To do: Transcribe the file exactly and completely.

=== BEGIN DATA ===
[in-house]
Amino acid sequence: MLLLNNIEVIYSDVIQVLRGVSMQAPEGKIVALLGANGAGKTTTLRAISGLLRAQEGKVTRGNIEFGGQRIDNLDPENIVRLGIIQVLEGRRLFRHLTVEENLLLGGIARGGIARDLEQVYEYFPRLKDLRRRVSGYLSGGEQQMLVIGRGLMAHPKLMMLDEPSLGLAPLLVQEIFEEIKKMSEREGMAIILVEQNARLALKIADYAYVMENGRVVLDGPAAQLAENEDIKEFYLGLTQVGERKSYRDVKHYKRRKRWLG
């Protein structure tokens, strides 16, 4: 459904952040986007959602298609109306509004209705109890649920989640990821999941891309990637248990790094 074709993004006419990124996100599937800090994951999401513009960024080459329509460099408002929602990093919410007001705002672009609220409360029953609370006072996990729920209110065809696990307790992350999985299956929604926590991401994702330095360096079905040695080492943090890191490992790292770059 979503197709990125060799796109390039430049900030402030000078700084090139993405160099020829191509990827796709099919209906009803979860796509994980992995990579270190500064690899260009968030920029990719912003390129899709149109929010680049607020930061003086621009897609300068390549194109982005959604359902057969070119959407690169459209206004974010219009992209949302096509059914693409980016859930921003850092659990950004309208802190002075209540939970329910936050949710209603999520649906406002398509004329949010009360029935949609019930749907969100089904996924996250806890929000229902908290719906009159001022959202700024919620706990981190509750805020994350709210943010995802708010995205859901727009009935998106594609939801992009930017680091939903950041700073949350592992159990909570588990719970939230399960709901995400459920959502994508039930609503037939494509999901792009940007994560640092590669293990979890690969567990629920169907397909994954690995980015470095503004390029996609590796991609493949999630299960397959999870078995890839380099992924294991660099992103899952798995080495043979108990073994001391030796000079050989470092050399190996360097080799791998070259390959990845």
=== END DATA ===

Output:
[in-house]
Amino acid sequence: MLLLNNIEVIYSDVIQVLRGVSMQAPEGKIVALLGANGAGKTTTLRAISGLLRAQEGKVTRGNIEFGGQRIDNLDPENIVRLGIIQVLEGRRLFRHLTVEENLLLGGIARGGIARDLEQVYEYFPRLKDLRRRVSGYLSGGEQQMLVIGRGLMAHPKLMMLDEPSLGLAPLLVQEIFEEIKKMSEREGMAIILVEQNARLALKIADYAYVMENGRVVLDGPAAQLAENEDIKEFYLGLTQVGERKSYRDVKHYKRRKRWLG
């Protein structure tokens, strides 16, 4: 459904952040986007959602298609109306509004209705109890649920989640990821999941891309990637248990790094 074709993004006419990124996100599937800090994951999401513009960024080459329509460099408002929602990093919410007001705002672009609220409360029953609370006072996990729920209110065809696990307790992350999985299956929604926590991401994702330095360096079905040695080492943090890191490992790292770059 979503197709990125060799796109390039430049900030402030000078700084090139993405160099020829191509990827796709099919209906009803979860796509994980992995990579270190500064690899260009968030920029990719912003390129899709149109929010680049607020930061003086621009897609300068390549194109982005959604359902057969070119959407690169459209206004974010219009992209949302096509059914693409980016859930921003850092659990950004309208802190002075209540939970329910936050949710209603999520649906406002398509004329949010009360029935949609019930749907969100089904996924996250806890929000229902908290719906009159001022959202700024919620706990981190509750805020994350709210943010995802708010995205859901727009009935998106594609939801992009930017680091939903950041700073949350592992159990909570588990719970939230399960709901995400459920959502994508039930609503037939494509999901792009940007994560640092590669293990979890690969567990629920169907397909994954690995980015470095503004390029996609590796991609493949999630299960397959999870078995890839380099992924294991660099992103899952798995080495043979108990073994001391030796000079050989470092050399190996360097080799791998070259390959990845």